Here are a few highlights from our recent LoRa Alliance Members Meeting that was held in Tokyo…
Our 2-day Technical Committee meeting was packed with people (nearly 60!) and an overflowing agenda.
Basic building blocks of FUOTA (Firmware Update Over-The-Air) feature, namely multicast setup, fragmentation, and application-layer clock synchronization specifications, are now published. These specs can be freely downloaded from Resource Hub. Collection of these specs enable efficient, reliable, and secure distribution of large (kilobytes of) files to a group of end-devices over LoRaWAN networks.
Another noteworthy development was the initiation of DLMS and Wireless M-Bus application stack adaptation work. Much like what we did for Zigbee Cluster Library, profiling and compressing these popular app-stacks to be used over LoRaWAN brings the benefit of both the app and connectivity ecosystems together. The next app-stack we are eyeing is the OCPP (Open Charge Point Protocol) which connects EV (Electric Vehicle) chargers to the cloud.
One of the challenges of IoT is the device lifecycle management, with its most basic need: introducing a new device to the provisioning system by its identifiers and attributes. Performing that operation in a reliable, secure, and scalable way is more challenging than it appears. In order to streamline that process, the Technical Committee is embarking on defining a QR code format that any device manufacturer can safely use against any provisioning system.
Regional Parameters TG continued expanding its coverage by introducing new countries in the Middle East and Africa.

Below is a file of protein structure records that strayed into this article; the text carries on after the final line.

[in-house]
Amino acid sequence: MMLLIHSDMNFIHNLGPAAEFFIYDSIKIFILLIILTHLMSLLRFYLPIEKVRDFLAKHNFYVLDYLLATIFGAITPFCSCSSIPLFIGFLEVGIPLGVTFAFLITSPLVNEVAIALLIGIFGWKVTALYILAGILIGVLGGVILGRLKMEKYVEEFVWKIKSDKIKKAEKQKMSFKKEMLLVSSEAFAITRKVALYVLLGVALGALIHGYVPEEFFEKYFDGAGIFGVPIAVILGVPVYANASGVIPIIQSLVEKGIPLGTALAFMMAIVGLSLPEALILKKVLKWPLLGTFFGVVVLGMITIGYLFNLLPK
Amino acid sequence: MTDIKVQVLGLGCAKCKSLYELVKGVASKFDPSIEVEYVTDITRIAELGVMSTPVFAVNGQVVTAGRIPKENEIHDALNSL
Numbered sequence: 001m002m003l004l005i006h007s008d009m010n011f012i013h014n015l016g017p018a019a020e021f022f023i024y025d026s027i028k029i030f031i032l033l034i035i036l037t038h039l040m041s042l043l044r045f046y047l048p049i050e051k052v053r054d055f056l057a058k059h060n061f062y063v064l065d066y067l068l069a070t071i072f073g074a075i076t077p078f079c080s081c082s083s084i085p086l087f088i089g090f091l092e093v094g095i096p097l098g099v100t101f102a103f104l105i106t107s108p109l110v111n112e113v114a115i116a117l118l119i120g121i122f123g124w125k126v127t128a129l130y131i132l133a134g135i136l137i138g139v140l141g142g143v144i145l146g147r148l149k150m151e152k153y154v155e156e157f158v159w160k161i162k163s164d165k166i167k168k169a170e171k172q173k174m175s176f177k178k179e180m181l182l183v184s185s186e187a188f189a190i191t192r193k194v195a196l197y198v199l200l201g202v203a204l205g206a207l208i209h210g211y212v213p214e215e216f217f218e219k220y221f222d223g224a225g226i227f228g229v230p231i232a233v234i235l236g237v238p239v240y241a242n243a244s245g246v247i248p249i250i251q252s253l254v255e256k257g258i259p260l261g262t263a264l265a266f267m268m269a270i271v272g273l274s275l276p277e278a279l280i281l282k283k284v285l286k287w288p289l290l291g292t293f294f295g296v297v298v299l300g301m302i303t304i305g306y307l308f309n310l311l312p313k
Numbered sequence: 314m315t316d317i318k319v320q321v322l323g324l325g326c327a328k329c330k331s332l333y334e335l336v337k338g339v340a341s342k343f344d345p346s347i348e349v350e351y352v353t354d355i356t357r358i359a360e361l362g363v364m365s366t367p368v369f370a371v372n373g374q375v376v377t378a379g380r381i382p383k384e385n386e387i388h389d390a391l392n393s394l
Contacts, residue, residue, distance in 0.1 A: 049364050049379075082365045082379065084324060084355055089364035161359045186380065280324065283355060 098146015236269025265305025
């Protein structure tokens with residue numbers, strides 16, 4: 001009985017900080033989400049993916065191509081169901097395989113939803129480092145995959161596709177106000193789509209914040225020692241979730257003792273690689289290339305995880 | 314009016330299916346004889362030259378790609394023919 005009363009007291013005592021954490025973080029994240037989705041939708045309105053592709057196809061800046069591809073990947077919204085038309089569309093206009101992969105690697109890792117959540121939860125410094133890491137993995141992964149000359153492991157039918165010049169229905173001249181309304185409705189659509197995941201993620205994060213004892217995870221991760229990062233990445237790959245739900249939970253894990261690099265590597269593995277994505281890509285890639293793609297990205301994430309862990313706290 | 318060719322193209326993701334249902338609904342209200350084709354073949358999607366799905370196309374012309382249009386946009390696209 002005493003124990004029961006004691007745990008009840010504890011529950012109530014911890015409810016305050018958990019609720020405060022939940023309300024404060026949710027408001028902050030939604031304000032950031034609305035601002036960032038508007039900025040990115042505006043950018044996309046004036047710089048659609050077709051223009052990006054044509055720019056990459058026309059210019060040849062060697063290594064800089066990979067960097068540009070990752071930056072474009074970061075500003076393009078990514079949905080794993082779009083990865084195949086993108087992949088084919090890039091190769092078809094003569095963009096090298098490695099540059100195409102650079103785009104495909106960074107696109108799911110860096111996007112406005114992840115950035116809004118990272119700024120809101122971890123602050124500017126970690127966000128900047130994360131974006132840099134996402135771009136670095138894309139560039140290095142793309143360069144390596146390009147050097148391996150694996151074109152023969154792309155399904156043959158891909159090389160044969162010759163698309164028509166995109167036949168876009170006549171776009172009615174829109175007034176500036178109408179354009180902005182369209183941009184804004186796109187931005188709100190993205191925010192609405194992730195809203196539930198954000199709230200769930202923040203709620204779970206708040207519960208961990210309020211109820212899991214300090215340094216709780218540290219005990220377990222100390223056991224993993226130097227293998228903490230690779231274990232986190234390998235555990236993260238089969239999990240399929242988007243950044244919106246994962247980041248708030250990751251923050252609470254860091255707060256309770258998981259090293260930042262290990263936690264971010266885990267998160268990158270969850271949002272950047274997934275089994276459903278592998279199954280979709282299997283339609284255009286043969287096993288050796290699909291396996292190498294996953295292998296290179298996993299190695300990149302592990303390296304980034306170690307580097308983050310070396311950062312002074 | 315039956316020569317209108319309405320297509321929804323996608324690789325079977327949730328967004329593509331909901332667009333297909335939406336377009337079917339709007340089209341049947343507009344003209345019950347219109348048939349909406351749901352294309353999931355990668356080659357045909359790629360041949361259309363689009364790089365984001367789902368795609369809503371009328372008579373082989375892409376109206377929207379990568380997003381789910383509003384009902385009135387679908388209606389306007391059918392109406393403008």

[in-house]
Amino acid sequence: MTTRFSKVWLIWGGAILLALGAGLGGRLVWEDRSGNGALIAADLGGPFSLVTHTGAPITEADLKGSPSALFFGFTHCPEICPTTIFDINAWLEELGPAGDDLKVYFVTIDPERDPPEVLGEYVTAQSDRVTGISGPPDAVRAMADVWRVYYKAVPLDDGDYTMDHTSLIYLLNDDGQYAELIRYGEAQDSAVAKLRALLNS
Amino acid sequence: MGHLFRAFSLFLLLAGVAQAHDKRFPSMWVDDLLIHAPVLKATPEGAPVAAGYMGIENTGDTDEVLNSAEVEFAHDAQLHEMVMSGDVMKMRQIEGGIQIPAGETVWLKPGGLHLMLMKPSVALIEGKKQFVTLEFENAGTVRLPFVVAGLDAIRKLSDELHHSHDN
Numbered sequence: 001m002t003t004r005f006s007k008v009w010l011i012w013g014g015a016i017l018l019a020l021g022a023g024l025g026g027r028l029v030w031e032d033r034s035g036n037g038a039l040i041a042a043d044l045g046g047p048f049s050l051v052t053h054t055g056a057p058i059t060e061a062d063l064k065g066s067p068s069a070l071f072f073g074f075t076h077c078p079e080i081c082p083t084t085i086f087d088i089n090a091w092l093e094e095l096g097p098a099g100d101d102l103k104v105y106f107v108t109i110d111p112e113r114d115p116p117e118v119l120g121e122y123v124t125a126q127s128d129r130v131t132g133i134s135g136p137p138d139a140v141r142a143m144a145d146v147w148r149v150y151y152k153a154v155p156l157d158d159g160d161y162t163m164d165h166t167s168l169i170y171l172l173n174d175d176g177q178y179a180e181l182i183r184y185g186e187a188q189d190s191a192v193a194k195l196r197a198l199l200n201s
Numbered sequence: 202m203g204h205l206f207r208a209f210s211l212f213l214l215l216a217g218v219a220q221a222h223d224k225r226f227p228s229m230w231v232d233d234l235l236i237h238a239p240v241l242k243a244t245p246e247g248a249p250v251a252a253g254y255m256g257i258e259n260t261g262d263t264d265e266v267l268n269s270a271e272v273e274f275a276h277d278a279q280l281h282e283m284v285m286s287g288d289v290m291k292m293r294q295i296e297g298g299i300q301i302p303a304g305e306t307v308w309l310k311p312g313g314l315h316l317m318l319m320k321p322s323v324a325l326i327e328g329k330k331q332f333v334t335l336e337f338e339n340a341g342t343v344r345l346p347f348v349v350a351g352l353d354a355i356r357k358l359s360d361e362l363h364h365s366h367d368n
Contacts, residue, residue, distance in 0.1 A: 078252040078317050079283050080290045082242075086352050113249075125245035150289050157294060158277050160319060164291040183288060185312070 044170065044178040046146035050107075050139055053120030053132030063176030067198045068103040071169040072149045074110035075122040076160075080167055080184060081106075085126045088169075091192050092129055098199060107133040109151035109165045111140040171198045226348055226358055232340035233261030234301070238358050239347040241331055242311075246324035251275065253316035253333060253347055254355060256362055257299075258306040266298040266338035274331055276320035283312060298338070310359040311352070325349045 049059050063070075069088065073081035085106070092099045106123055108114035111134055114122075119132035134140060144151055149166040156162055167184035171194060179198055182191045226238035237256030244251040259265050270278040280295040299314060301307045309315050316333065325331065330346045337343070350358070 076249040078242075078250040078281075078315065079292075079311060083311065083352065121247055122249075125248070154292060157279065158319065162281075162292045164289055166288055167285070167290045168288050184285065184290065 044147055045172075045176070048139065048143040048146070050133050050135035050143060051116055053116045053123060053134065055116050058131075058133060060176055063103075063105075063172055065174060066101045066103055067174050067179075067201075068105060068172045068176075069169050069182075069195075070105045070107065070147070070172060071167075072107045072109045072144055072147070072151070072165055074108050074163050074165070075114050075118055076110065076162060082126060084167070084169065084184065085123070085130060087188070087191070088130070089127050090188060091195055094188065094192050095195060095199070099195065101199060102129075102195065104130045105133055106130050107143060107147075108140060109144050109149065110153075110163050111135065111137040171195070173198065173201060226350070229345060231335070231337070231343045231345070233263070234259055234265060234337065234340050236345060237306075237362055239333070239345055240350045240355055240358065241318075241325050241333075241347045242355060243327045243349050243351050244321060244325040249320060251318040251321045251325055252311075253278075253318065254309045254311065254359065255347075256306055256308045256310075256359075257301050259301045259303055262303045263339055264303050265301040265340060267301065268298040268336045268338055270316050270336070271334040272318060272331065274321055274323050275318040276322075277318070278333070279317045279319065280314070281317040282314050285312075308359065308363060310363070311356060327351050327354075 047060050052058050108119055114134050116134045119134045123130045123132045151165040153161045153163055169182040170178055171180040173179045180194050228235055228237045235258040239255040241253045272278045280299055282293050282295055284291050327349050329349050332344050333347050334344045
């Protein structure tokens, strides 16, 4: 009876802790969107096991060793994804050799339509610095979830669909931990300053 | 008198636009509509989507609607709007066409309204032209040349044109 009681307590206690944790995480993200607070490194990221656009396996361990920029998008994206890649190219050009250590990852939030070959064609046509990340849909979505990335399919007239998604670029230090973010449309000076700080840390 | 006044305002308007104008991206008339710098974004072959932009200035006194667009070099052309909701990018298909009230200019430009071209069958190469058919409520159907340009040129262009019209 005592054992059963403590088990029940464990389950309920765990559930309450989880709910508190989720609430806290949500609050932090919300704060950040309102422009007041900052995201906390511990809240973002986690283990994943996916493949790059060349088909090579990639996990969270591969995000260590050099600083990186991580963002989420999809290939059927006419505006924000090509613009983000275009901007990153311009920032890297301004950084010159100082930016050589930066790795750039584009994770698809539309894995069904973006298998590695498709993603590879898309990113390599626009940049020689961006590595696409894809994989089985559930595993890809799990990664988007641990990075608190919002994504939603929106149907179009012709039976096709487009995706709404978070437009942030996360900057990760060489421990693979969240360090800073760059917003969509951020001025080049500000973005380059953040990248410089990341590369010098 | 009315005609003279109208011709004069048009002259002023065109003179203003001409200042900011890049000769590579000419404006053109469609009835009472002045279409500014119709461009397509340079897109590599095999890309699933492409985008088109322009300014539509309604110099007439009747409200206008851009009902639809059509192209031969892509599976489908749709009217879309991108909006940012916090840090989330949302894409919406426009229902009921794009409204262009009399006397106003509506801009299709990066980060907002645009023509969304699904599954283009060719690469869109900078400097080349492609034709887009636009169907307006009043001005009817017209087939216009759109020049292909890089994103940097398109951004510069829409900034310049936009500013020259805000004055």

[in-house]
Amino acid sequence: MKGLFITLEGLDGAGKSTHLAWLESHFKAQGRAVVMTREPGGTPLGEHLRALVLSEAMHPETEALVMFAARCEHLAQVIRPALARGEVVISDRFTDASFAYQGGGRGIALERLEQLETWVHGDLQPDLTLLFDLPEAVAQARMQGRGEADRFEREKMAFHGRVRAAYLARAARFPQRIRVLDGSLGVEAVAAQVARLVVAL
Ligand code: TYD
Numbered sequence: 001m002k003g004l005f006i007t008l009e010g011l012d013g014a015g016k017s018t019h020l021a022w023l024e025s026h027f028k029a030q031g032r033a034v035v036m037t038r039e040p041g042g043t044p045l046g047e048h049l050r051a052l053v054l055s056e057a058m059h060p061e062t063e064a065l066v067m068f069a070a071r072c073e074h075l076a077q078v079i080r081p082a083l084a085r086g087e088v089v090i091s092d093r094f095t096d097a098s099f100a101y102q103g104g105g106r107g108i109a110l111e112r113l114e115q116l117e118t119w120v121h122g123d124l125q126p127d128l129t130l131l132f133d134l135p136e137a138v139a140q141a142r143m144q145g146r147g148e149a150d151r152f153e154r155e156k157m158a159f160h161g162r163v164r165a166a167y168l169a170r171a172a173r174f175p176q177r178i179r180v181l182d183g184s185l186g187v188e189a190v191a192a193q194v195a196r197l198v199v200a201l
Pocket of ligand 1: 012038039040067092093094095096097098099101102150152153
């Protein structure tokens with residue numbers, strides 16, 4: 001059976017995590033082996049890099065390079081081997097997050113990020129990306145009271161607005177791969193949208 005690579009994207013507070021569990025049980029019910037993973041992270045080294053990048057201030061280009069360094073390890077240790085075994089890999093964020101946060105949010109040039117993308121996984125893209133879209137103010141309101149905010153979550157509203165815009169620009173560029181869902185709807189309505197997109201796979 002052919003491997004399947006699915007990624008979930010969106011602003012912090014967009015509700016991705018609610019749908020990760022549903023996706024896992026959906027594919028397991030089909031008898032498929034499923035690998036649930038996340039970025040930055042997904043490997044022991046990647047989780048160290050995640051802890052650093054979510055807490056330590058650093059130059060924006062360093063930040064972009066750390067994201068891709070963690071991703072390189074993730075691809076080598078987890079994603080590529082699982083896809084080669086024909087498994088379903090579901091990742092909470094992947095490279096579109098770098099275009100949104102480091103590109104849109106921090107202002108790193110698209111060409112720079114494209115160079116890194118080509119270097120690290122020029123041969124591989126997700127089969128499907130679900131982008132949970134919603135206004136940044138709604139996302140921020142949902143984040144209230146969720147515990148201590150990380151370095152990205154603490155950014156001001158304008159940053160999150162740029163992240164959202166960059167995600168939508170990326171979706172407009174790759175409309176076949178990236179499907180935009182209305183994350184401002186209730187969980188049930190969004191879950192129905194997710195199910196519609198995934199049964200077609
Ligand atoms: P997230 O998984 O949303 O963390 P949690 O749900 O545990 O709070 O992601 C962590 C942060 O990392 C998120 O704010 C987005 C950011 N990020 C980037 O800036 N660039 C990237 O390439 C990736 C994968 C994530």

Also a change in leadership: Nicolas Sornin, who has been co-chairing the Technical Committee since its inception has stepped down, and is now replaced by Thorsten Kramp. The Technical Committee is grateful to the valuable contributions and leadership of Nicolas, and now welcomes Thorsten, another co-author of the original LoRaWAN specification, to his new role.
It was a pleasure delivering an introductory talk on LoRaWAN security, addressing how we use strong cryptography to protect LoRaWAN networks against unauthorized use, spoofing, alterations of in-flight frames, and snooping.
As always, we in Actility were very active across the board contributing to all aspects of the Alliance, including sponsoring the event and hosting a fun night playing bowling.
Our booth was packed with several demos, including ThingPark Enterprise, ThingPark Exchange, ThingPark Location, and Abeeway Trackers. We showcased public and private LoRaWAN networks, collaborating with each other through a peering hub, and enabling tracking apps.
It was a very productive meeting, thanks to our hosts and participants from Japan and the region. The next stop for a LoRa Alliance Members Meeting will be right across the Pacific, in San Diego, during the first week of February. I am looking forward to meeting our ever-expanding LoRaWAN family in sunny California.